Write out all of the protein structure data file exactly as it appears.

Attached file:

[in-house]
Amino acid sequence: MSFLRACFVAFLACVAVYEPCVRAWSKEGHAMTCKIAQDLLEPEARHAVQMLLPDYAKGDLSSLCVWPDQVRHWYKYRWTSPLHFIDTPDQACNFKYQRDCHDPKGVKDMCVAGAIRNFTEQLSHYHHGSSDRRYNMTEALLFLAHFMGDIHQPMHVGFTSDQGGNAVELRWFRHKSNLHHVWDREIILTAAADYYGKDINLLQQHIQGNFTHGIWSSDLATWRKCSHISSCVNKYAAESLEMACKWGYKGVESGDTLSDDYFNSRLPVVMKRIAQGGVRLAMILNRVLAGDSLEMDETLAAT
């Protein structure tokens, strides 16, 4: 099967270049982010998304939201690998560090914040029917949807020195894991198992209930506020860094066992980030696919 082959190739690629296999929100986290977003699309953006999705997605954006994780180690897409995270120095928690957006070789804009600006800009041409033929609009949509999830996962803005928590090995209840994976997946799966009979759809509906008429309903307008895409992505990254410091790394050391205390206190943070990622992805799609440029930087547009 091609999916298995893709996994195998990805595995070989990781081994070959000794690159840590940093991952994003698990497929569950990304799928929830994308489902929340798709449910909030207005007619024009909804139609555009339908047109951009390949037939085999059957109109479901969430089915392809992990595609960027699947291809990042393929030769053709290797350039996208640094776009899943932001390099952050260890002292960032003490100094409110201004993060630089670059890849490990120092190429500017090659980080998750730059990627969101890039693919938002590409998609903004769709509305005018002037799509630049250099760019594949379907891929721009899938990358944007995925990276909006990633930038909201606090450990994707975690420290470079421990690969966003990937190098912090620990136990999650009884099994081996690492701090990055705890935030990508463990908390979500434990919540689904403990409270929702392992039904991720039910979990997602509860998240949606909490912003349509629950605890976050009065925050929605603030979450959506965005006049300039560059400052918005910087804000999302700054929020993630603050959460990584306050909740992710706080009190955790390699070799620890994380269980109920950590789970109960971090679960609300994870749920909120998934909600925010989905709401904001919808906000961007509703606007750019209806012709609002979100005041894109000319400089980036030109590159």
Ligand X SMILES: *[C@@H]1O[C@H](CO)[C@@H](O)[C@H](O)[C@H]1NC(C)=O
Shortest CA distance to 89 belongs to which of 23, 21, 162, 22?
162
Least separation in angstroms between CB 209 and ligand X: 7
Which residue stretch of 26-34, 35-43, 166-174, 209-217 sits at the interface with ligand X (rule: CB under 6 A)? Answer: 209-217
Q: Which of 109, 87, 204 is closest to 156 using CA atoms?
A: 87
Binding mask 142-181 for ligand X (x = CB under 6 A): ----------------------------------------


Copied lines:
[in-house]
Amino acid sequence: MSFLRACFVAFLACVAVYEPCVRAWSKEGHAMTCKIAQDLLEPEARHAVQMLLPDYAKGDLSSLCVWPDQVRHWYKYRWTSPLHFIDTPDQACNFKYQRDCHDPKGVKDMCVAGAIRNFTEQLSHYHHGSSDRRYNMTEALLFLAHFMGDIHQPMHVGFTSDQGGNAVELRWFRHKSNLHHVWDREIILTAAADYYGKDINLLQQHIQGNFTHGIWSSDLATWRKCSHISSCVNKYAAESLEMACKWGYKGVESGDTLSDDYFNSRLPVVMKRIAQGGVRLAMILNRVLAGDSLEMDETLAAT
């Protein structure tokens, strides 16, 4: 099967270049982010998304939201690998560090914040029917949807020195894991198992209930506020860094066992980030696919 082959190739690629296999929100986290977003699309953006999705997605954006994780180690897409995270120095928690957006070789804009600006800009041409033929609009949509999830996962803005928590090995209840994976997946799966009979759809509906008429309903307008895409992505990254410091790394050391205390206190943070990622992805799609440029930087547009 091609999916298995893709996994195998990805595995070989990781081994070959000794690159840590940093991952994003698990497929569950990304799928929830994308489902929340798709449910909030207005007619024009909804139609555009339908047109951009390949037939085999059957109109479901969430089915392809992990595609960027699947291809990042393929030769053709290797350039996208640094776009899943932001390099952050260890002292960032003490100094409110201004993060630089670059890849490990120092190429500017090659980080998750730059990627969101890039693919938002590409998609903004769709509305005018002037799509630049250099760019594949379907891929721009899938990358944007995925990276909006990633930038909201606090450990994707975690420290470079421990690969966003990937190098912090620990136990999650009884099994081996690492701090990055705890935030990508463990908390979500434990919540689904403990409270929702392992039904991720039910979990997602509860998240949606909490912003349509629950605890976050009065925050929605603030979450959506965005006049300039560059400052918005910087804000999302700054929020993630603050959460990584306050909740992710706080009190955790390699070799620890994380269980109920950590789970109960971090679960609300994870749920909120998934909600925010989905709401904001919808906000961007509703606007750019209806012709609002979100005041894109000319400089980036030109590159």
Ligand X SMILES: *[C@@H]1O[C@H](CO)[C@@H](O)[C@H](O)[C@H]1NC(C)=O
Shortest CA distance to 89 belongs to which of 23, 21, 162, 22?
162
Least separation in angstroms between CB 209 and ligand X: 7
Which residue stretch of 26-34, 35-43, 166-174, 209-217 sits at the interface with ligand X (rule: CB under 6 A)? Answer: 209-217
Q: Which of 109, 87, 204 is closest to 156 using CA atoms?
A: 87
Binding mask 142-181 for ligand X (x = CB under 6 A): ----------------------------------------